Tinder Survey Finds Millennials Are Embracing the Single Life More

Millennials are “single, not sorry,” and they’re making the choice to live life solo intentionally, according to a new survey from the dating app Tinder.

In a survey of more than 1,000 single people ages 18-25, Tinder found 72 percent of the surveyed young Millennials “have made a conscious decision” to stay single for a period of time.

According to Darcy Sterling, a licensed clinical social worker and Tinder’s “relationship expert,” this trend for Millennials is a “paradigm shift.”

“Historically, people blindly set out to cross off items on their young-adult-to-do list: Go to school. Work hard. Find a partner. Get married. Have children. Encourage your children to do the same. Rinse and repeat,” she wrote in an email to USA TODAY. “Millennials are questioning norms and societal problems.”

The survey, asking about young people’s views on dating and being single, also found that 81 percent of young people see being single as beneficial in ways beyond just their love lives.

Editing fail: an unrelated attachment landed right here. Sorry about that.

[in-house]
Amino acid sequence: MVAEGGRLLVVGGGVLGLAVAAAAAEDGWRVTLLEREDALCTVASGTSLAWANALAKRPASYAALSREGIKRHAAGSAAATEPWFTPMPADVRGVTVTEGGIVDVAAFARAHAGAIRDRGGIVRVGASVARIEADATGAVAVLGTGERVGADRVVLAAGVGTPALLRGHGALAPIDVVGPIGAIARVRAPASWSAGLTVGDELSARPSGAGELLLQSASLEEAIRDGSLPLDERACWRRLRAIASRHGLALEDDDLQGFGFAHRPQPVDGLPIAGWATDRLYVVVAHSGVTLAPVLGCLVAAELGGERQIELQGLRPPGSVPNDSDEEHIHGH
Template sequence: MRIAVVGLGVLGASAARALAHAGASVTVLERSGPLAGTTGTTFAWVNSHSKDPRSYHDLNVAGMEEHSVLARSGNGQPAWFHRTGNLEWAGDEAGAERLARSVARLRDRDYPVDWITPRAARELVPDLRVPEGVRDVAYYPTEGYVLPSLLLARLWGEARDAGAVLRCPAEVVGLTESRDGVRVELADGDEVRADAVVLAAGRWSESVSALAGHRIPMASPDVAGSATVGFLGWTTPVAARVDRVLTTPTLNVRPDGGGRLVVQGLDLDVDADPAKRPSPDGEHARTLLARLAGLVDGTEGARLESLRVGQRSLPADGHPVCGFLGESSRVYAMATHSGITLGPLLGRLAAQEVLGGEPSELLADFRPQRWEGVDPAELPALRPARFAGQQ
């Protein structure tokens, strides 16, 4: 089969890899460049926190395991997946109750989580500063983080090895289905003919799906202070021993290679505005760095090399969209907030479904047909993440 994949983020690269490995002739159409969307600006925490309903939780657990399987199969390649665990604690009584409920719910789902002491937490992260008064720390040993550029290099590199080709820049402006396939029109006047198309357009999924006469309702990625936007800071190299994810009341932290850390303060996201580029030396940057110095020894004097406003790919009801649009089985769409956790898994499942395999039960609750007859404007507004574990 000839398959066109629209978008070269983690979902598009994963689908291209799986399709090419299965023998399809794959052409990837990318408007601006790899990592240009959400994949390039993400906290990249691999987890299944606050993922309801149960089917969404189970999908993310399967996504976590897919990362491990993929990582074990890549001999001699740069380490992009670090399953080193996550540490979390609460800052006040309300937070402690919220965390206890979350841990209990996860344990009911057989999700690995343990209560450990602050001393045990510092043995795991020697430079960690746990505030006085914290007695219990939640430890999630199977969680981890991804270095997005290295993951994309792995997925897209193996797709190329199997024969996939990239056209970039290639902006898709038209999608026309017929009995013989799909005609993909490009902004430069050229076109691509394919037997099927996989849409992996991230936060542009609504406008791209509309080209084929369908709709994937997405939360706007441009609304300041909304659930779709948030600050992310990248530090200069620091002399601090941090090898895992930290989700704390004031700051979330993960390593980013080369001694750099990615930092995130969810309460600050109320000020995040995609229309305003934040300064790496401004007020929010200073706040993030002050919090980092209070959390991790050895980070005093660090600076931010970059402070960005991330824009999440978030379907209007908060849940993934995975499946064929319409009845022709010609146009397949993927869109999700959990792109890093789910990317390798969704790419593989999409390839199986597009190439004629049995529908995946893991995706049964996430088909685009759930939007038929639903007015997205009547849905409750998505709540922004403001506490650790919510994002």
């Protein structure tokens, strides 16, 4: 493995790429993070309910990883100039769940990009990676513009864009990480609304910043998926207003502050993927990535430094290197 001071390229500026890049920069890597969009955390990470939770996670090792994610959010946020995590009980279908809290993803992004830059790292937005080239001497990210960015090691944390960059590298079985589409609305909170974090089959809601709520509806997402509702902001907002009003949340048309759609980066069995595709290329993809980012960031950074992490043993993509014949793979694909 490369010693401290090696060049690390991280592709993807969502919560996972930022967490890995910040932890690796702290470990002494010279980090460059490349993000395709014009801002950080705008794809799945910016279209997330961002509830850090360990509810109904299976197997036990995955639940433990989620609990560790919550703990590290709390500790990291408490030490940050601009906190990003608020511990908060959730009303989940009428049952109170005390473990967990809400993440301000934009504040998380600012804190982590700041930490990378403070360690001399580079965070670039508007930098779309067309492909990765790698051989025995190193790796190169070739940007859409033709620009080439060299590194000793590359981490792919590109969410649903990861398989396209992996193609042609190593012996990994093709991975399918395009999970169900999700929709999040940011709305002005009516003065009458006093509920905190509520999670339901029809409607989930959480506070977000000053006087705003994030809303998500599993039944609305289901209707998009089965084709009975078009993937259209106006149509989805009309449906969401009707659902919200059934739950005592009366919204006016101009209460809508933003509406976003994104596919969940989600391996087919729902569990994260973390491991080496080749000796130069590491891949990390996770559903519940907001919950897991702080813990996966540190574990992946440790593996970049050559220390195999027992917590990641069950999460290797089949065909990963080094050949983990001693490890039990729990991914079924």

Millennials invest more time in careers, social lives and personal time when single, Sterling said. “We don’t want a world where people’s self-worth is contingent on their relationship status.”

As a result, these single Millennials find their time with others more enjoyable. More than half said other young single people were more open to new experiences and that they view themselves as more fun due to their single status, the survey found.

“What’s most telling is that young Millennials are savoring this time in their lives more than any other generation, recognizing how valuable it is for them,” Jenny Campbell, Tinder’s chief marketing officer, wrote in an email to USA TODAY.

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Source: USA Today